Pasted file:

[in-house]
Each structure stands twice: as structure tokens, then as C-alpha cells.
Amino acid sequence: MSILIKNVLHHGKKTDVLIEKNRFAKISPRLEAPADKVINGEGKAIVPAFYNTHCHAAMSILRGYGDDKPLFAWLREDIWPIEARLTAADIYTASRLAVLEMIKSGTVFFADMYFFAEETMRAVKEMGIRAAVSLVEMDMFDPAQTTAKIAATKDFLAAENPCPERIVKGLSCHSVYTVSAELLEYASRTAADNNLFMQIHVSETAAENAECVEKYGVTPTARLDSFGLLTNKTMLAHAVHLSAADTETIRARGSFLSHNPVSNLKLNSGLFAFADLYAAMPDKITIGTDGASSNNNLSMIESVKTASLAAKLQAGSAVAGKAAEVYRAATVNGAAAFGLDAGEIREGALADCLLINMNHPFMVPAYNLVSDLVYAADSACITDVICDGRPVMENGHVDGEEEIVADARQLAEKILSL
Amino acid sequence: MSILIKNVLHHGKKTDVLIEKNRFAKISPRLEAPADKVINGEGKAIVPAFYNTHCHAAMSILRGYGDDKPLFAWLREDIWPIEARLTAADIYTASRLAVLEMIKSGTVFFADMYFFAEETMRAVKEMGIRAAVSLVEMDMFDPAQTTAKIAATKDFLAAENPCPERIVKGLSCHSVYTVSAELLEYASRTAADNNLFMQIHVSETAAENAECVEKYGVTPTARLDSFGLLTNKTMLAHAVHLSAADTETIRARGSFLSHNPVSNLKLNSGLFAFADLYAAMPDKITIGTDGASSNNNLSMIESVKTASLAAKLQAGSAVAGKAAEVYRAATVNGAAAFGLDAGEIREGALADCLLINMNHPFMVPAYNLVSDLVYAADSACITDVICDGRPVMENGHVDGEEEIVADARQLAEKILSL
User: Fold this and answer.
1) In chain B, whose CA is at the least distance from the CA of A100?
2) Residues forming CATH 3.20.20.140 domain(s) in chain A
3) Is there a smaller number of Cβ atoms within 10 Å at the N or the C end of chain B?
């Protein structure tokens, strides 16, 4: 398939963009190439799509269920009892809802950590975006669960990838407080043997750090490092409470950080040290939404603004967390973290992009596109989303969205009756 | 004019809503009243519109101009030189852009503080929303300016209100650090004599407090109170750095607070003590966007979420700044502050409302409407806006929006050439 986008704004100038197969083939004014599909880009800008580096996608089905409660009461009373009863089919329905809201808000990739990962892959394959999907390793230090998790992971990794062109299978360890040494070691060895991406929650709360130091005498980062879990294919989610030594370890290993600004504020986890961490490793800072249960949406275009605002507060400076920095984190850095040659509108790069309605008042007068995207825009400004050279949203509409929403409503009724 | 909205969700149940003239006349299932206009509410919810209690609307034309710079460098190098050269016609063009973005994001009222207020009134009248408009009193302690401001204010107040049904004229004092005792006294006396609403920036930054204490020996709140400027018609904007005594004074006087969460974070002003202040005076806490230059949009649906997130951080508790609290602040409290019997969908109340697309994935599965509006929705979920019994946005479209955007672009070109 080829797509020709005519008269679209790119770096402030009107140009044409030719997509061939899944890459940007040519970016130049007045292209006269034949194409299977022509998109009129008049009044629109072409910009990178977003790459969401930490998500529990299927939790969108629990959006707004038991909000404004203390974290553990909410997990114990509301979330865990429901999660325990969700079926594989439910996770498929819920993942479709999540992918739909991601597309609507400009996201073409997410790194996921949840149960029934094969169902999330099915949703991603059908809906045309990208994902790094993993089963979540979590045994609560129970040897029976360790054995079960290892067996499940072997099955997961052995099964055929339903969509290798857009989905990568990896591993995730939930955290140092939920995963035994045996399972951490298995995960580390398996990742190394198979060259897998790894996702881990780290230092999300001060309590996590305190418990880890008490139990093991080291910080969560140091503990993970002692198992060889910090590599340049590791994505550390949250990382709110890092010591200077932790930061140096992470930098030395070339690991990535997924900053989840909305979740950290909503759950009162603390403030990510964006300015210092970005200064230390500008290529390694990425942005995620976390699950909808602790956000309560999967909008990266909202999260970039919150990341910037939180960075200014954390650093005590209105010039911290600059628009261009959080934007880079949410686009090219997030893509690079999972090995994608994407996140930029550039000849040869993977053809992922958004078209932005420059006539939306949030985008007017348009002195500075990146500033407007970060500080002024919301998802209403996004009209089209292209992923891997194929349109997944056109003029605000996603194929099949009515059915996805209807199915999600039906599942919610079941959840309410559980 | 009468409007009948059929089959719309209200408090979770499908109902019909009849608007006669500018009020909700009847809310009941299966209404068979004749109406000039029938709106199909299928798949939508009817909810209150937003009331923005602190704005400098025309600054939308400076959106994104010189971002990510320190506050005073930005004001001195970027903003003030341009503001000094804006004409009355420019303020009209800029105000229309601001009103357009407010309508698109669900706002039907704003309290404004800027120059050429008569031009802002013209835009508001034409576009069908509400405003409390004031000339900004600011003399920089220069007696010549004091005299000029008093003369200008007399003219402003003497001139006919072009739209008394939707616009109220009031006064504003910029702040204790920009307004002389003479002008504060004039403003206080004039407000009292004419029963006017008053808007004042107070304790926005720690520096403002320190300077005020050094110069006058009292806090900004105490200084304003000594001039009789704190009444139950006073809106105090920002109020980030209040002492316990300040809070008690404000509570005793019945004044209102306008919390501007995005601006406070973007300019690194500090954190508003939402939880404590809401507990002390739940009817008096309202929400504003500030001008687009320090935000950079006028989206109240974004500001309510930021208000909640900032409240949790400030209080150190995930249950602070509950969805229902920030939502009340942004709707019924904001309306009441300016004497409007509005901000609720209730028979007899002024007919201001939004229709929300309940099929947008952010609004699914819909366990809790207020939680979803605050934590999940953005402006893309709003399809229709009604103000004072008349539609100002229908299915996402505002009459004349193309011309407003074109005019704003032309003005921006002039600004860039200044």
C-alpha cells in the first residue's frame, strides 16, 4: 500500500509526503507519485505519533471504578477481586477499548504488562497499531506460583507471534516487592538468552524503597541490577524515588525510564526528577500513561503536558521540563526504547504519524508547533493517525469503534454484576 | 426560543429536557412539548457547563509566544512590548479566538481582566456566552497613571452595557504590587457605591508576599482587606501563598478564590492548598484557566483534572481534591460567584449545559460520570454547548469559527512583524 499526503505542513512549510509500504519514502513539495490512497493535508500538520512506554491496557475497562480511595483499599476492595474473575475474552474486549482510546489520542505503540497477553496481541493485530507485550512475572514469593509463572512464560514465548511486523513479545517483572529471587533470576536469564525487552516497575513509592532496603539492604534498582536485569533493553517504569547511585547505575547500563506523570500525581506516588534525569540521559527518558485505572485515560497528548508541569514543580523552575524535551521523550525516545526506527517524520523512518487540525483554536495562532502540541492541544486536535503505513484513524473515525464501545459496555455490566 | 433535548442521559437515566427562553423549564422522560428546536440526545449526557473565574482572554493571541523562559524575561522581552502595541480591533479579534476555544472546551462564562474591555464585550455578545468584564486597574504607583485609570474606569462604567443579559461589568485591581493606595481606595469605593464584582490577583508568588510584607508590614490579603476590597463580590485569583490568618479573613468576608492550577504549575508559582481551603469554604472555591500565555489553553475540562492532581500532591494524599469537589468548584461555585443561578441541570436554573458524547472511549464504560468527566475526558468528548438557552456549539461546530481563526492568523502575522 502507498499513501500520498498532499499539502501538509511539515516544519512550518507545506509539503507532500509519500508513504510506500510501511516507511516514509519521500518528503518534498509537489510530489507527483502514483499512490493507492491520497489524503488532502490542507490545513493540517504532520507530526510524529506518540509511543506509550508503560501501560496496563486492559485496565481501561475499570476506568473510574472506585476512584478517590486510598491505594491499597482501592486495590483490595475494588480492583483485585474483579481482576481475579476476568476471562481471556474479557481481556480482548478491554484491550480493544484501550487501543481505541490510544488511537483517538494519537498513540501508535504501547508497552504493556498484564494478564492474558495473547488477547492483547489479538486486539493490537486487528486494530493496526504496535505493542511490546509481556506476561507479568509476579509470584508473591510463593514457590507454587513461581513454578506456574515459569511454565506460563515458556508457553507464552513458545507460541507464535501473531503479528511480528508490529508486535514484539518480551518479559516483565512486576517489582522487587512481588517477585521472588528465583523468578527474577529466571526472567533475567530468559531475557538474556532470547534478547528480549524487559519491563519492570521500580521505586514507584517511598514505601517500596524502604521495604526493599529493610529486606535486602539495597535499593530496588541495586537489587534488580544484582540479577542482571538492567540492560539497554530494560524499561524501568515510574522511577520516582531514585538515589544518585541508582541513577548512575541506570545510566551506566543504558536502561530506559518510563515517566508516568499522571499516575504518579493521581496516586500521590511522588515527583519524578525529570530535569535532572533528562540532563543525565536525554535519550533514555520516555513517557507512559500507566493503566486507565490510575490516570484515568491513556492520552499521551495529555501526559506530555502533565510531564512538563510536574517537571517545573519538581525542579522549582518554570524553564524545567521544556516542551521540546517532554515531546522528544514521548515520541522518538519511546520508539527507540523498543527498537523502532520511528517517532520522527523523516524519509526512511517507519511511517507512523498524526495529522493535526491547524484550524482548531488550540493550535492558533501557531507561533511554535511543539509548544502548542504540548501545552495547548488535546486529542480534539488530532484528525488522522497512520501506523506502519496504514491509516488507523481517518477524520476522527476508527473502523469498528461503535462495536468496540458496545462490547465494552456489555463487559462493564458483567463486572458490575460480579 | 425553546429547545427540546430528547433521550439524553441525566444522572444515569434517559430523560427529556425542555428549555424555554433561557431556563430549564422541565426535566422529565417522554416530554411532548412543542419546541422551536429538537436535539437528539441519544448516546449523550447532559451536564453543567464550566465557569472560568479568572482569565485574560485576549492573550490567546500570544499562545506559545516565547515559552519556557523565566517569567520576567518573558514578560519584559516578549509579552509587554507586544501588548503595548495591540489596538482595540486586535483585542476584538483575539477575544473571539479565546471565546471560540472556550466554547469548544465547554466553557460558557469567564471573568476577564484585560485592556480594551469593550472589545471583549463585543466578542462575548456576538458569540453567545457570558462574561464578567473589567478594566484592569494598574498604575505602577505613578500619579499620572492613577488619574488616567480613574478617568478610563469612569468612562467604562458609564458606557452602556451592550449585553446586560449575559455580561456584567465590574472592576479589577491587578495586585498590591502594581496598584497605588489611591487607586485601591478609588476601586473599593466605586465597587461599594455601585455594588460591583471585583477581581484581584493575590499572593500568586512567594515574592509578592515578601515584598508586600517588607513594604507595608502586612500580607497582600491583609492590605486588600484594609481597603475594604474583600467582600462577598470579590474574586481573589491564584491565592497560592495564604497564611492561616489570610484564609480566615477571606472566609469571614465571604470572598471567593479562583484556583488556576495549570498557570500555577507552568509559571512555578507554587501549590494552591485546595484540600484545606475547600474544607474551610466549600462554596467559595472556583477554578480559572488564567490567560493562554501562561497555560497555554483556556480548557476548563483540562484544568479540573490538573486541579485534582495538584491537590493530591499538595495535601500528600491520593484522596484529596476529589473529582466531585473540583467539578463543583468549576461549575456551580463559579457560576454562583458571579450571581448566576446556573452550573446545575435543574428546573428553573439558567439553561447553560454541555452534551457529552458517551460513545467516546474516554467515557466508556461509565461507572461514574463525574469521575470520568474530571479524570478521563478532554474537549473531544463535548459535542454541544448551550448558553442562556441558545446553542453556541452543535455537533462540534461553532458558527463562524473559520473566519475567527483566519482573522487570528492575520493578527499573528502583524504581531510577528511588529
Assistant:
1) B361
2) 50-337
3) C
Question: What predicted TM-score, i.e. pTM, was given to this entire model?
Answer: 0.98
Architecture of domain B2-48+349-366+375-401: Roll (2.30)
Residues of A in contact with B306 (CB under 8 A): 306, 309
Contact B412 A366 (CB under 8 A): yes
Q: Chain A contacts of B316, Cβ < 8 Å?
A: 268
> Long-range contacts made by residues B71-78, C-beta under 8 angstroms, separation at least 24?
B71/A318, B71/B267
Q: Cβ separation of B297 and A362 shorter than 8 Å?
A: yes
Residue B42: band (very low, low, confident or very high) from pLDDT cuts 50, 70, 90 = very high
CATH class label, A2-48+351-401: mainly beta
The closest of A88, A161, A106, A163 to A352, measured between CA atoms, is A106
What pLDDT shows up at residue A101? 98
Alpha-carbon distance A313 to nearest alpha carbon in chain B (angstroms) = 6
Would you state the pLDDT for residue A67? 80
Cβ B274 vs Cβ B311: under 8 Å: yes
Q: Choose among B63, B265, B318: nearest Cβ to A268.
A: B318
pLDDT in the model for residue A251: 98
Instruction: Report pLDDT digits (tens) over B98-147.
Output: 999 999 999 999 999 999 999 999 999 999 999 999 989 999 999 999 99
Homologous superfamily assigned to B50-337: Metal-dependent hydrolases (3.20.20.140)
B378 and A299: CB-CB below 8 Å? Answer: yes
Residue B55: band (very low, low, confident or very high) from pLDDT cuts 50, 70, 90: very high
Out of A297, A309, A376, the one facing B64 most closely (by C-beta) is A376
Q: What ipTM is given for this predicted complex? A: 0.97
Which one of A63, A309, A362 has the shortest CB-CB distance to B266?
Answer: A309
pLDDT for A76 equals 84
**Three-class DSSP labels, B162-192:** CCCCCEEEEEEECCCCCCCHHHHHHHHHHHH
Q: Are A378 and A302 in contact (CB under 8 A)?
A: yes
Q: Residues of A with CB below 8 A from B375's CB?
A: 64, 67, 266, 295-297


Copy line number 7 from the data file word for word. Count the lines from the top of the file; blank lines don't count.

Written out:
2) Residues forming CATH 3.20.20.140 domain(s) in chain A